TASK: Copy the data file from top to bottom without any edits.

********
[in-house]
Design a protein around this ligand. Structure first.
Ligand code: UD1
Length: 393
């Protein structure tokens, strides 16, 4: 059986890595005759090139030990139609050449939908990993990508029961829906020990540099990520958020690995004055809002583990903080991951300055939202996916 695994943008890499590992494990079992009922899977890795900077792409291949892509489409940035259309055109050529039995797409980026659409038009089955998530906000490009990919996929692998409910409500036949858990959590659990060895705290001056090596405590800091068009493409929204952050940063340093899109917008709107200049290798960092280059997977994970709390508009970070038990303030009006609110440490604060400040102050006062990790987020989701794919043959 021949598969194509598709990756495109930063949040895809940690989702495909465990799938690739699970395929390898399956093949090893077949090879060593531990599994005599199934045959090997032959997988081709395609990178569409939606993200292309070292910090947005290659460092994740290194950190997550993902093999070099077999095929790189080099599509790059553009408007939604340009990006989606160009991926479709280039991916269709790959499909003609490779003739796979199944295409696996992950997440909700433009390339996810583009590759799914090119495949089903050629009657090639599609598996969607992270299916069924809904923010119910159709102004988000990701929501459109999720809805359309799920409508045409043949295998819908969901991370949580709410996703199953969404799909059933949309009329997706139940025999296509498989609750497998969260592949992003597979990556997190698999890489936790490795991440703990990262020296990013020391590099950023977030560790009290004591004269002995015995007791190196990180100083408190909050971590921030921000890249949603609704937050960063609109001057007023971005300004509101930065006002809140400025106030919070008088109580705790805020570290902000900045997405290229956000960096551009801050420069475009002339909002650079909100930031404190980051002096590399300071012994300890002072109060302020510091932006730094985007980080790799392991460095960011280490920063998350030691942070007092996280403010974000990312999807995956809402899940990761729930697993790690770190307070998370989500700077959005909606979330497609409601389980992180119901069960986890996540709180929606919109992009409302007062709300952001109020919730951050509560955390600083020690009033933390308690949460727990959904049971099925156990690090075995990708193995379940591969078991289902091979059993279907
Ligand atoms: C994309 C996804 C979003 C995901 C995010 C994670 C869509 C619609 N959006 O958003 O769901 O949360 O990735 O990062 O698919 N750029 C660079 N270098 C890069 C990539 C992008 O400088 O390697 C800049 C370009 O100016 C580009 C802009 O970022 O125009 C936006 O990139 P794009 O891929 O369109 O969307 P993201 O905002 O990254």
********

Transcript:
[in-house]
Design a protein around this ligand. Structure first.
Ligand code: UD1
Length: 393
């Protein structure tokens, strides 16, 4: 059986890595005759090139030990139609050449939908990993990508029961829906020990540099990520958020690995004055809002583990903080991951300055939202996916 695994943008890499590992494990079992009922899977890795900077792409291949892509489409940035259309055109050529039995797409980026659409038009089955998530906000490009990919996929692998409910409500036949858990959590659990060895705290001056090596405590800091068009493409929204952050940063340093899109917008709107200049290798960092280059997977994970709390508009970070038990303030009006609110440490604060400040102050006062990790987020989701794919043959 021949598969194509598709990756495109930063949040895809940690989702495909465990799938690739699970395929390898399956093949090893077949090879060593531990599994005599199934045959090997032959997988081709395609990178569409939606993200292309070292910090947005290659460092994740290194950190997550993902093999070099077999095929790189080099599509790059553009408007939604340009990006989606160009991926479709280039991916269709790959499909003609490779003739796979199944295409696996992950997440909700433009390339996810583009590759799914090119495949089903050629009657090639599609598996969607992270299916069924809904923010119910159709102004988000990701929501459109999720809805359309799920409508045409043949295998819908969901991370949580709410996703199953969404799909059933949309009329997706139940025999296509498989609750497998969260592949992003597979990556997190698999890489936790490795991440703990990262020296990013020391590099950023977030560790009290004591004269002995015995007791190196990180100083408190909050971590921030921000890249949603609704937050960063609109001057007023971005300004509101930065006002809140400025106030919070008088109580705790805020570290902000900045997405290229956000960096551009801050420069475009002339909002650079909100930031404190980051002096590399300071012994300890002072109060302020510091932006730094985007980080790799392991460095960011280490920063998350030691942070007092996280403010974000990312999807995956809402899940990761729930697993790690770190307070998370989500700077959005909606979330497609409601389980992180119901069960986890996540709180929606919109992009409302007062709300952001109020919730951050509560955390600083020690009033933390308690949460727990959904049971099925156990690090075995990708193995379940591969078991289902091979059993279907
Ligand atoms: C994309 C996804 C979003 C995901 C995010 C994670 C869509 C619609 N959006 O958003 O769901 O949360 O990735 O990062 O698919 N750029 C660079 N270098 C890069 C990539 C992008 O400088 O390697 C800049 C370009 O100016 C580009 C802009 O970022 O125009 C936006 O990139 P794009 O891929 O369109 O969307 P993201 O905002 O990254």